Evaluating inputs of failure modes and effects analysis in identifying patient safety risks


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Simsekler M. C. E. , Kaya G. K. , Ward J. R. , Clarkson P. J.

INTERNATIONAL JOURNAL OF HEALTH CARE QUALITY ASSURANCE, cilt.32, ss.191-207, 2019 (ESCI İndekslerine Giren Dergi)

  • Cilt numarası: 32
  • Basım Tarihi: 2019
  • Doi Numarası: 10.1108/ijhcqa-12-2017-0233
  • Dergi Adı: INTERNATIONAL JOURNAL OF HEALTH CARE QUALITY ASSURANCE
  • Sayfa Sayısı: ss.191-207

Özet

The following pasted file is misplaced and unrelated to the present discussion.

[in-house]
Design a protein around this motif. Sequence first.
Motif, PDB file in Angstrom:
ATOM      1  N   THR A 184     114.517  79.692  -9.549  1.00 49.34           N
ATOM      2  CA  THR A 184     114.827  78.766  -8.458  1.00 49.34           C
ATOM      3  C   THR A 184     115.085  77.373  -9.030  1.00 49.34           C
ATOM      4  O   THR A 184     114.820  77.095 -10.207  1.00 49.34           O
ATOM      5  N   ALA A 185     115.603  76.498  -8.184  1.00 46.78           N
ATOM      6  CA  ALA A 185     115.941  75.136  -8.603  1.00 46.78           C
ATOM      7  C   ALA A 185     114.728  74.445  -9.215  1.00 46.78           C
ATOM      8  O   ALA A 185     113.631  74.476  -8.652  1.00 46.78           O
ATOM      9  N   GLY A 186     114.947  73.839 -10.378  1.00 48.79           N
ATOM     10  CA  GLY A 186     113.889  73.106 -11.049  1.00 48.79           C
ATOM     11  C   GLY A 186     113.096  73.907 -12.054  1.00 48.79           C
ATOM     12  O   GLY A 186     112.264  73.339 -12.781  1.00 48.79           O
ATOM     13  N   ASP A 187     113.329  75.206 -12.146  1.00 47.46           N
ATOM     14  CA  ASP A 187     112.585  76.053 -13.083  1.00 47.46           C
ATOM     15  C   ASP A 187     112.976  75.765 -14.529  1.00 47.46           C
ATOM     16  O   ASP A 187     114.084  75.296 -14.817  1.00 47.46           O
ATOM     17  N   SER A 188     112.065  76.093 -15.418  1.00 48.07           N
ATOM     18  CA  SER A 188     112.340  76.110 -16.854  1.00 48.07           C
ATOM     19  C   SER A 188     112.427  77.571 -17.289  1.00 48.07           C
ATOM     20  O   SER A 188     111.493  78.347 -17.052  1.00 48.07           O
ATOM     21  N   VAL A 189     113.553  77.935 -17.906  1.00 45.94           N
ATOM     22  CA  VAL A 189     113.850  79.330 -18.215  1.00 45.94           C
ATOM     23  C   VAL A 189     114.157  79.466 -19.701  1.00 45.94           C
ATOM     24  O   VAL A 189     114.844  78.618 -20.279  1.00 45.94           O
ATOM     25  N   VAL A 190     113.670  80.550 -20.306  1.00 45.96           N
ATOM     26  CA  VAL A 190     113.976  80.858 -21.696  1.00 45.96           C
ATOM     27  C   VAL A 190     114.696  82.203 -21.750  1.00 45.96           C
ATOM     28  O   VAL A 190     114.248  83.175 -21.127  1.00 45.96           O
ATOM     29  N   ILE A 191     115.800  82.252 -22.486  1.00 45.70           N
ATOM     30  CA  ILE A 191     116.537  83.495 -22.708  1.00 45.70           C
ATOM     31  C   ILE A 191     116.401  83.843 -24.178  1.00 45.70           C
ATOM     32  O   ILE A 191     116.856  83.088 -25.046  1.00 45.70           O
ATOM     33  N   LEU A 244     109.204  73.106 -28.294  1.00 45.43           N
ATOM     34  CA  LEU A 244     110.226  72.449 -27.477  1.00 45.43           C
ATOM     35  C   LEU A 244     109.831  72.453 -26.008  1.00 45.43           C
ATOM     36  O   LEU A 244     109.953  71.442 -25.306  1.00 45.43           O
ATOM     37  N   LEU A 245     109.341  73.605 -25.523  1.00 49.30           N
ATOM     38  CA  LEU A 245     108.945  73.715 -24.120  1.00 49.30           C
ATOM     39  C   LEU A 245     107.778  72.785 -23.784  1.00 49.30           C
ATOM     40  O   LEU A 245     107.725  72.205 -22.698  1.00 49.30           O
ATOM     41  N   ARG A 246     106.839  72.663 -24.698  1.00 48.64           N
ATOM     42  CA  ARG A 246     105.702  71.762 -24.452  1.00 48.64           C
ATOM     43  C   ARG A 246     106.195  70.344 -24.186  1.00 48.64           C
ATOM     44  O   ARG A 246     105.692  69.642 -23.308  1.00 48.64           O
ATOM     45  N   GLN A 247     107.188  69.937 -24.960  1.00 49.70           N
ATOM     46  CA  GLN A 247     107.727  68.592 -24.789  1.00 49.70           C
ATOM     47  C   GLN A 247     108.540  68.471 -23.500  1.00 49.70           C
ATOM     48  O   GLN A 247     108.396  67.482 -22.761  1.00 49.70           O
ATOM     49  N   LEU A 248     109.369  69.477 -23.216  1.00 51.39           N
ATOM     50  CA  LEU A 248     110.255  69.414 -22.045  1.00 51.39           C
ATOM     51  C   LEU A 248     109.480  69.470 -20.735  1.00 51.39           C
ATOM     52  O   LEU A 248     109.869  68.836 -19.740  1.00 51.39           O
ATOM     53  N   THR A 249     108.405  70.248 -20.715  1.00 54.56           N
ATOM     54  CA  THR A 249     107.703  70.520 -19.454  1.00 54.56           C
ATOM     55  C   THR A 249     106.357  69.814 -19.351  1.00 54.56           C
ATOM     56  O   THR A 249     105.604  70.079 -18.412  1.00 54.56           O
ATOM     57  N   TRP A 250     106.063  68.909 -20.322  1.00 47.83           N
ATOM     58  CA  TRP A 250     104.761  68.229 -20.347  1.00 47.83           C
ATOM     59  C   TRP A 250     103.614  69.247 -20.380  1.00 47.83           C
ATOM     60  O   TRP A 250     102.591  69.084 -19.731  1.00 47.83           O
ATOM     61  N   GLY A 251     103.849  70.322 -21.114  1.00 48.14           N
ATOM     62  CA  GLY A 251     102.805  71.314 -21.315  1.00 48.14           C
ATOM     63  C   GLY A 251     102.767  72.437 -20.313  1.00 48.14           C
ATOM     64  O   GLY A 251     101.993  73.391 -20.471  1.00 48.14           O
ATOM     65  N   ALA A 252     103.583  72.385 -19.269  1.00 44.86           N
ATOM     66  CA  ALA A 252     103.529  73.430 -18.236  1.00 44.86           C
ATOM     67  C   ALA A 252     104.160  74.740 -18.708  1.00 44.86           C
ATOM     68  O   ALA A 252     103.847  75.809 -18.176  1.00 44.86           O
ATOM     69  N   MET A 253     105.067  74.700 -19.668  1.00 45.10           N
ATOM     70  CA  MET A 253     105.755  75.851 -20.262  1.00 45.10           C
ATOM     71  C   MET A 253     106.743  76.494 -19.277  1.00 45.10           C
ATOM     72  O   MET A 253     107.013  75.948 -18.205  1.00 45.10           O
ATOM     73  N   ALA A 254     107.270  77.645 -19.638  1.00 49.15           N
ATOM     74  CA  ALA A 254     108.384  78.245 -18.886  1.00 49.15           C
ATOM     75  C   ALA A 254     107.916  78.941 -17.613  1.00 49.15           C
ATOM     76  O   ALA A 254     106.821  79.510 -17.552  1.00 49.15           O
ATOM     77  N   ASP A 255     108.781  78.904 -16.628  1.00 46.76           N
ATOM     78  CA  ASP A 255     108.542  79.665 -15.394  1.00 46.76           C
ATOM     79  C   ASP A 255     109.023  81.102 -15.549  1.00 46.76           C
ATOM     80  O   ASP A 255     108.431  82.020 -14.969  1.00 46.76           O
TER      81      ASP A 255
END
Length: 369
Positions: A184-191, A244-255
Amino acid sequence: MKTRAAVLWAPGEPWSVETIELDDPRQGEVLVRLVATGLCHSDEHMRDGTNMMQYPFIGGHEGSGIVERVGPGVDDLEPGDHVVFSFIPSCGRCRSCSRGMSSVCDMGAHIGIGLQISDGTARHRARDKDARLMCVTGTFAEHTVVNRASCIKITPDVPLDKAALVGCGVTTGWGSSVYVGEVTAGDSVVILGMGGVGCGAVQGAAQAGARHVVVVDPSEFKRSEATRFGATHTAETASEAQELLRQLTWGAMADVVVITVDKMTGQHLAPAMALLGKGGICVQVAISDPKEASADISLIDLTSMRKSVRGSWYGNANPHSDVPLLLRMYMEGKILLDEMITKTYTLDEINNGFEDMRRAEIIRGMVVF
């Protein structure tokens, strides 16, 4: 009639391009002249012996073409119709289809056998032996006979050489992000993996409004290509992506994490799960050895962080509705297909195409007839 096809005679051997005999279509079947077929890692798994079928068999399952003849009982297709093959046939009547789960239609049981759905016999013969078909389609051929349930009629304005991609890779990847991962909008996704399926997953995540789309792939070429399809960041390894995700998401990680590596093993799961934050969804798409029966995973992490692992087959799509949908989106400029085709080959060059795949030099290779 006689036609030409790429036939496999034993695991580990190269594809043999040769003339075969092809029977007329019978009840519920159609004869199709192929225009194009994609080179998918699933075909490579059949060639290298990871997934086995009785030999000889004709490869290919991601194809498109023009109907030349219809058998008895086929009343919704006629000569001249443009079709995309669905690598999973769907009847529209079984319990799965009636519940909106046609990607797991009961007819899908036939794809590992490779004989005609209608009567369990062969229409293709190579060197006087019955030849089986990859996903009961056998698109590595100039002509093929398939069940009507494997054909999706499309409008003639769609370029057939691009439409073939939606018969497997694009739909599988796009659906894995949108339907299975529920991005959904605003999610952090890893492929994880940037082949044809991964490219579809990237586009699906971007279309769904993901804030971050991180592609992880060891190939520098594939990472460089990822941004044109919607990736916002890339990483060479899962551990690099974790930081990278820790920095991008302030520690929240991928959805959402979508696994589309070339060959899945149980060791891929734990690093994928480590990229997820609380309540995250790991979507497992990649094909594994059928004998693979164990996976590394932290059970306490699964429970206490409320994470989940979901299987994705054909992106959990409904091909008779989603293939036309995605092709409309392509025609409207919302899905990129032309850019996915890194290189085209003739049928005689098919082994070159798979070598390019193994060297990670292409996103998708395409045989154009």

Purpose There is a growing awareness on the use of systems approaches to improve patient safety and quality. While earlier studies evaluated the validity of such approaches to identify and mitigate patient safety risks, so far only little attention has been given to their inputs, such as structured brainstorming and use of system mapping approaches (SMAs), to understand their impact in the risk identification process. To address this gap, the purpose of this paper is to evaluate the inputs of a well-known systems approach, failure modes and effects analysis (FMEA), in identifying patient safety risks in a real healthcare setting. Design/methodology/approach This study was conducted in a newly established adult attention deficit hyperactivity disorder service at Cambridge and Peterborough Foundation Trust in the UK. Three stakeholders of the chosen service together with the facilitators conducted an FMEA exercise along with a particular system diagram that was initially found as the most useful SMA by eight stakeholders of the service. Findings In this study, it was found that the formal structure of FMEA adds value to the risk identification process through comprehensive system coverage with the help of the system diagram. However, results also indicates that the structured brainstorming refrains FMEA participants from identifying and imagining new risks since they follow the process predefined in the given system diagram. Originality/value While this study shows the potential contribution of FMEA inputs, it also suggests that healthcare organisations should not depend solely on FMEA results when identifying patient safety risks; and therefore prioritising their safety concerns.